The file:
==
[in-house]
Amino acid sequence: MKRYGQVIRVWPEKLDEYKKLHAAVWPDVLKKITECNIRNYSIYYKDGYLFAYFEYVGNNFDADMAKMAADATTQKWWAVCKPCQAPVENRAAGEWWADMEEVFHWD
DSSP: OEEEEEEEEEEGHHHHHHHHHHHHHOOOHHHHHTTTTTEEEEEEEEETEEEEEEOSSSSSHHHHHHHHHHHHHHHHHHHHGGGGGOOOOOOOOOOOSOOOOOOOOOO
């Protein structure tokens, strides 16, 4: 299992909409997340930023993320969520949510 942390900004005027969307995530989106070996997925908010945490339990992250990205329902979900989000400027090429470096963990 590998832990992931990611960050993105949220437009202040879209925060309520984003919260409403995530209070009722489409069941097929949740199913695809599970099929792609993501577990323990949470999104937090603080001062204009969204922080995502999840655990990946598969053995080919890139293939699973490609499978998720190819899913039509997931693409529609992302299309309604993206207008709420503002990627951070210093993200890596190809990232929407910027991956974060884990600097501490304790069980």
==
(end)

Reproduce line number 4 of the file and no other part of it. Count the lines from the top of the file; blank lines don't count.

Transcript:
């Protein structure tokens, strides 16, 4: 299992909409997340930023993320969520949510 942390900004005027969307995530989106070996997925908010945490339990992250990205329902979900989000400027090429470096963990 590998832990992931990611960050993105949220437009202040879209925060309520984003919260409403995530209070009722489409069941097929949740199913695809599970099929792609993501577990323990949470999104937090603080001062204009969204922080995502999840655990990946598969053995080919890139293939699973490609499978998720190819899913039509997931693409529609992302299309309604993206207008709420503002990627951070210093993200890596190809990232929407910027991956974060884990600097501490304790069980």